A proposed “Jewish state bill” may be up for a Knesset vote next week. An amalgamation of previous drafts, the bill would, among other things, enshrine in Basic Law Israel’s Jewish identity, reserve the right of national self-determination to Jews only, institutionalize Jewish law as the basis for Israeli law, and de-list Arabic as an official language, relegating it to “special status.”
Passed by a 14-6 majority of cabinet ministers on Sunday, the bill – which includes some 14 principles – still requires Knesset approval. With Yesh Atid and Hatnua threatening to leave the coalition government in reaction to the proposal, the Knesset vote was postponed until the middle of next week, at least.
“The vote set off a stormy cabinet session in which two of his most centrist coalition partners voted against the proposed bill and voiced fierce opposition, claiming that at this sensitive juncture it would likely just escalate tensions,” reported CBC.
President Reuven Rivlin is against the bill, saying it undermines the country’s Jewish character and calls into question the success of Zionism. Attorney General Yehuda Weinstein also has come out against the bill, writing a legal opinion that was published in Hebrew on Walla, indicating, according to various news reports, that the planned proposal features “significant changes in the founding principles of constitutional law as anchored in the Declaration of Independence and in the basic laws of the Knesset, which can flatten the democratic character of the state.”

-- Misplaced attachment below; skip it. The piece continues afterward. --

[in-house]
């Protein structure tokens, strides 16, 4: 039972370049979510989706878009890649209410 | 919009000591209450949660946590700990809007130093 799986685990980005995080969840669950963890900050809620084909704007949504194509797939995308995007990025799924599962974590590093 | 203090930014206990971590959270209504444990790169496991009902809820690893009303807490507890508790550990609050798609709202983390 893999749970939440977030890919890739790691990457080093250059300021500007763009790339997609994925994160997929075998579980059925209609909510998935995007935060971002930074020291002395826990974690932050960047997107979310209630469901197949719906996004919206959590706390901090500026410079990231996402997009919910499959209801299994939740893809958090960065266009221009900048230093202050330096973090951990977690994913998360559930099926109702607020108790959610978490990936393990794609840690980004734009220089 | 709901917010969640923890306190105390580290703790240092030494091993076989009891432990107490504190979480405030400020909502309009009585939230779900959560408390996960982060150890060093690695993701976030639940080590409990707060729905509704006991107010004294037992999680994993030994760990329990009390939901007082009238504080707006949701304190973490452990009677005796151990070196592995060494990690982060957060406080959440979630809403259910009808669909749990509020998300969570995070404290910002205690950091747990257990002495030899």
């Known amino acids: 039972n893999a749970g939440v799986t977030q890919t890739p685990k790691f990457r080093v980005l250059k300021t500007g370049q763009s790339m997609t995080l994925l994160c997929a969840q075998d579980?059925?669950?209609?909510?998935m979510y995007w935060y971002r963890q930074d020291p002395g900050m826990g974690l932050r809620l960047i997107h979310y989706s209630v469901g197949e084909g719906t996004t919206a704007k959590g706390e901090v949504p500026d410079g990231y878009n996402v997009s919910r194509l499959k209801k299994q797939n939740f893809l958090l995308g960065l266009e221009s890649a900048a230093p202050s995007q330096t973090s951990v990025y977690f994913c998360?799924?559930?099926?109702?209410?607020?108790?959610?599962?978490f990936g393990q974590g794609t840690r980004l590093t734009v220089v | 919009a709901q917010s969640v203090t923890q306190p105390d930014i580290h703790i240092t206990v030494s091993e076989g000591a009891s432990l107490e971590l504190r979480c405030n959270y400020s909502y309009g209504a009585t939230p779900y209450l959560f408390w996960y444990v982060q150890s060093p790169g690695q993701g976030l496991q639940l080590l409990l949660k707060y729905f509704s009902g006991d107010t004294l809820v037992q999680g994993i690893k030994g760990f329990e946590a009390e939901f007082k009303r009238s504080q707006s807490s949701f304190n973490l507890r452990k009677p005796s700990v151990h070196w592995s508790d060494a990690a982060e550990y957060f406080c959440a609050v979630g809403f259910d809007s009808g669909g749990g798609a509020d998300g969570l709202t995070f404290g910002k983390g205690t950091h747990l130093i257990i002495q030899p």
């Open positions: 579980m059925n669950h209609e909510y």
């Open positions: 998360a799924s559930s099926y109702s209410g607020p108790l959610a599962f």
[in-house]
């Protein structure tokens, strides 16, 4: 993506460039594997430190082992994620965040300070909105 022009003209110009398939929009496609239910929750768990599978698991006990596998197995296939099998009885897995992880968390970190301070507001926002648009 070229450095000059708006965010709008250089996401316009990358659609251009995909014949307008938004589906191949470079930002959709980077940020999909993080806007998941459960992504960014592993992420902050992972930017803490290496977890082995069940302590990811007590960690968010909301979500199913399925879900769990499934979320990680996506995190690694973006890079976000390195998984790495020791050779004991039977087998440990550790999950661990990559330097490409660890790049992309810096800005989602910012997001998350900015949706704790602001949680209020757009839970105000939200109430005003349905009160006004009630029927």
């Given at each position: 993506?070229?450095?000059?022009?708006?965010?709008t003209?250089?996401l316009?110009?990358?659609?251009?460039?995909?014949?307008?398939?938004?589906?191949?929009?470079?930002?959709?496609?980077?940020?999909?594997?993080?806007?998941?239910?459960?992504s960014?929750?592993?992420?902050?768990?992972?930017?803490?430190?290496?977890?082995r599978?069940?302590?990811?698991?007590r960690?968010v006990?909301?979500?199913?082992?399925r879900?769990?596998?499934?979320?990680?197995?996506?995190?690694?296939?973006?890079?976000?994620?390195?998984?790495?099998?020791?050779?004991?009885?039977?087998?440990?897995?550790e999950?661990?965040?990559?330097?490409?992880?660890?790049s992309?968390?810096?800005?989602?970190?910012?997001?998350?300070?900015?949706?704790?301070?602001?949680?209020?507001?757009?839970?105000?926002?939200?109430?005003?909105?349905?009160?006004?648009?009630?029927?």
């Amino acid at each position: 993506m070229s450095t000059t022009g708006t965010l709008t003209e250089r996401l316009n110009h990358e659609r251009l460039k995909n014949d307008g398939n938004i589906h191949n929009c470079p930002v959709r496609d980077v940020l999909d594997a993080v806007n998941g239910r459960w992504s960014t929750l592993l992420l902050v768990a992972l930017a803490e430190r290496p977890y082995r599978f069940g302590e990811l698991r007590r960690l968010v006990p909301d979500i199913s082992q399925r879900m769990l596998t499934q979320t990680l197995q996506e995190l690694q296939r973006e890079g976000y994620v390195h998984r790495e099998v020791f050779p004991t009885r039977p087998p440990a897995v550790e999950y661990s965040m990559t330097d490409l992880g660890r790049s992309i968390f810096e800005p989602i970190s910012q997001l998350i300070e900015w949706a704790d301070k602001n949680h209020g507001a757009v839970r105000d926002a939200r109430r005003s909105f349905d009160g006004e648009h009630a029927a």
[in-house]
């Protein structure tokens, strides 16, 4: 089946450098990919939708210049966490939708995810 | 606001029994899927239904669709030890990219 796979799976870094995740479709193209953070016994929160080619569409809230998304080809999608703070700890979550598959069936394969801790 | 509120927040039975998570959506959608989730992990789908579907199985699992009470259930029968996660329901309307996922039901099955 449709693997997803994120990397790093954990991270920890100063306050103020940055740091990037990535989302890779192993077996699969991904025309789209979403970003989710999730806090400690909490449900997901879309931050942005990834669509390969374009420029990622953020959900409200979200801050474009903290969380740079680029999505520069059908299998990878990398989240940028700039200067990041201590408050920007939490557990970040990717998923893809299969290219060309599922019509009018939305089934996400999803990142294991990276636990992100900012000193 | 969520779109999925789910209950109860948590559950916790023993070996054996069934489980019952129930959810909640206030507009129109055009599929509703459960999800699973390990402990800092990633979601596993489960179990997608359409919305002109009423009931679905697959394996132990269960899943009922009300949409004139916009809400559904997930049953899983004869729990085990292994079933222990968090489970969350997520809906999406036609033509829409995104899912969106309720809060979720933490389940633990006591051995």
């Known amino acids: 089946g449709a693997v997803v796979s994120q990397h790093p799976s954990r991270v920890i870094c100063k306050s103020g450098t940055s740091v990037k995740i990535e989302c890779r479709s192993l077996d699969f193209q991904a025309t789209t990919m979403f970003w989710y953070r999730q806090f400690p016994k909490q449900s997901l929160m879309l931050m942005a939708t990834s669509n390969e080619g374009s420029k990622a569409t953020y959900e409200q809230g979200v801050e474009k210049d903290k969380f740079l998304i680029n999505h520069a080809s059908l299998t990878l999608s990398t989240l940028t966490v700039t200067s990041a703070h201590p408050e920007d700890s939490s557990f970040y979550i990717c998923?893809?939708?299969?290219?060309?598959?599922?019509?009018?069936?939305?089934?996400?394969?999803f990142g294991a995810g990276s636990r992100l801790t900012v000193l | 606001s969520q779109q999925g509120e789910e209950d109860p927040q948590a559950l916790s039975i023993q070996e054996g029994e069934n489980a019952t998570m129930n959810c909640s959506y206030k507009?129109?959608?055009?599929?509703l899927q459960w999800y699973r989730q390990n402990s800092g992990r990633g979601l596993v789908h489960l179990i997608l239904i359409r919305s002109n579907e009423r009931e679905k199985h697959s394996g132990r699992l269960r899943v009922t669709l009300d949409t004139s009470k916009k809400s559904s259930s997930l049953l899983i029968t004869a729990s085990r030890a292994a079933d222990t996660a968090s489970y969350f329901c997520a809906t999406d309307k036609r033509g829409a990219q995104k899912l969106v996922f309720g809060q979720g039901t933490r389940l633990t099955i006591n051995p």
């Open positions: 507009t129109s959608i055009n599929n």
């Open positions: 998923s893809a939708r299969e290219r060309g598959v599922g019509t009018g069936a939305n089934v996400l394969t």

Despite these and many other criticisms and concerns expressed within Israel by Israelis, Prime Minister Binyamin Netanyahu has said he is determined to pass the bill, “with or without consensus.” He confusingly added, “I don’t know a country that is more democratic, or a more vibrant democracy than Israel in the world, certainly not in our region.” Yet this point of pride would no longer exist if the bill passed.
Outside of the country, the United States State Department cautioned that Israel should “stick to its democratic principles.” This warning was roundly rejected by Jewish Home party MK and Economic Minister Naftali Bennett, who reportedly said, “We will manage the affairs of the state of Israel. We have to deal with the ramifications of what sort of state we want. In the end, this is our problem, an internal problem, and I don’t think anyone has the right to wade into it.”
Just what kind of state this bill is proposing is not clear. Not to wade into it too deeply but we find ourselves agreeing with the U.S. State Department and the Anti-Defamation League’s Abe Foxman, who made a statement about how “well-meaning” (we’re not sure about that) and “unnecessary” the bill is, the latter being an opinion expressed by many of those that lean to the right in Israel. We even find ourselves agreeing, at first blush, with those on the left in Israel who are calling the bill racist.
In his Nov. 25 Haaretz column, Bradley Burston writes, “Listen to the words of Mahmoud Seif, uncle of sergeant-major Zidan Nahad Seif, the Druze Arab Israeli policeman slain … as he fought to stop the terrorist murder of Jews at prayer in a Jerusalem synagogue…. ‘The “nation-state law,” is saying, in other words: “Only the Jews should remain here.”’
“‘What about the Druze? What about the many, many Arabs who are loyal to the country?’ he asked on Army Radio this week.
“‘What are they going to do now? This is a law for Jews only.’”
Twenty percent of Israel’s population – one in five – is not Jewish.
All logic, all compassion, all pragmatism – everything! – cries out against this bill. Please, Knesset, vote it down.